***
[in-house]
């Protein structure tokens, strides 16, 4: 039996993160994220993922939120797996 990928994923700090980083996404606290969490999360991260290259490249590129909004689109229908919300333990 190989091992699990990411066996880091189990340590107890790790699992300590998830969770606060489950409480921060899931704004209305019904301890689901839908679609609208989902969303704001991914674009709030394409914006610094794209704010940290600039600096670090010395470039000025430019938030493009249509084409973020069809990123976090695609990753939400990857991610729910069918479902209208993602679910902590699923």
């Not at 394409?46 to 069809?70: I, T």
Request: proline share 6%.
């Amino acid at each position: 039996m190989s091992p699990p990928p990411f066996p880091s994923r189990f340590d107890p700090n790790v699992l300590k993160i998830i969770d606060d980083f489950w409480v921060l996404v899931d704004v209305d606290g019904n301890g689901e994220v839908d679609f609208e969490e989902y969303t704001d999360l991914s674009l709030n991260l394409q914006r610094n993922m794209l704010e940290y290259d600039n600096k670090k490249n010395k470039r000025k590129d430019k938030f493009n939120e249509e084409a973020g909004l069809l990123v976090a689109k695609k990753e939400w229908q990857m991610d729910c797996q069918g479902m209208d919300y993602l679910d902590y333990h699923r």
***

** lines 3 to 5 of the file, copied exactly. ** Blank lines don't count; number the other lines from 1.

């Not at 394409?46 to 069809?70: I, T």
Request: proline share 6%.
């Amino acid at each position: 039996m190989s091992p699990p990928p990411f066996p880091s994923r189990f340590d107890p700090n790790v699992l300590k993160i998830i969770d606060d980083f489950w409480v921060l996404v899931d704004v209305d606290g019904n301890g689901e994220v839908d679609f609208e969490e989902y969303t704001d999360l991914s674009l709030n991260l394409q914006r610094n993922m794209l704010e940290y290259d600039n600096k670090k490249n010395k470039r000025k590129d430019k938030f493009n939120e249509e084409a973020g909004l069809l990123v976090a689109k695609k990753e939400w229908q990857m991610d729910c797996q069918g479902m209208d919300y993602l679910d902590y333990h699923r």